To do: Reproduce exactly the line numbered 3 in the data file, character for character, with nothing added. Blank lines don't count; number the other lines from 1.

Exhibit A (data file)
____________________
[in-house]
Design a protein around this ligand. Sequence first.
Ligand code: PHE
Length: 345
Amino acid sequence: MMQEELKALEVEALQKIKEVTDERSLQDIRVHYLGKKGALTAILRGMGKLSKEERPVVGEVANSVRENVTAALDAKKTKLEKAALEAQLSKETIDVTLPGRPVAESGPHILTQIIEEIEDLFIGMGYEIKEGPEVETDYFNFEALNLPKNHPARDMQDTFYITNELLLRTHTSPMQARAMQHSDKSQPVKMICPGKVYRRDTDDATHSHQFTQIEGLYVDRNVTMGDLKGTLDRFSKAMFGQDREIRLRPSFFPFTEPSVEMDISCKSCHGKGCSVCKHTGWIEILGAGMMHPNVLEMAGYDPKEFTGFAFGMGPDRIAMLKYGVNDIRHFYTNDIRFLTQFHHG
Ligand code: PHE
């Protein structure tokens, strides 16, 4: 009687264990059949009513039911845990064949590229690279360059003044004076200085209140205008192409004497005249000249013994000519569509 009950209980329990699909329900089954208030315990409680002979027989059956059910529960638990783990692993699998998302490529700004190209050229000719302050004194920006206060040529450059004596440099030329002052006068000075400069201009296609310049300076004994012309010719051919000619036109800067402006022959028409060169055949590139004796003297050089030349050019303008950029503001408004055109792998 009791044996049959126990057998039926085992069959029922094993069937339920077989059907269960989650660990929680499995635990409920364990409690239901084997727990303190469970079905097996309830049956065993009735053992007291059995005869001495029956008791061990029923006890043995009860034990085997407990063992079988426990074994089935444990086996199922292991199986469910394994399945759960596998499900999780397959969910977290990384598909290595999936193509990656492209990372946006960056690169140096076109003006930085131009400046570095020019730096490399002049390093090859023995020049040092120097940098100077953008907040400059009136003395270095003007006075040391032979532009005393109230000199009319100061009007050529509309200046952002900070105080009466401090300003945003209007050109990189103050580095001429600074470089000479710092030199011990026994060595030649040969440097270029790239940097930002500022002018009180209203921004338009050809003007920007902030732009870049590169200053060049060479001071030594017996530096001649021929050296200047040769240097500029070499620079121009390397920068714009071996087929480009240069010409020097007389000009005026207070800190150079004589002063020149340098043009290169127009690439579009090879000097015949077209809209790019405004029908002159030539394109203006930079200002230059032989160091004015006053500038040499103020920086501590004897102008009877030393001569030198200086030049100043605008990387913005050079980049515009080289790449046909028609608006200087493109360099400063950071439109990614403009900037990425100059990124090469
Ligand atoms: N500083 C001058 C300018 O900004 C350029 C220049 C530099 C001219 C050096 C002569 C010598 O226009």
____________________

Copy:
Ligand code: PHE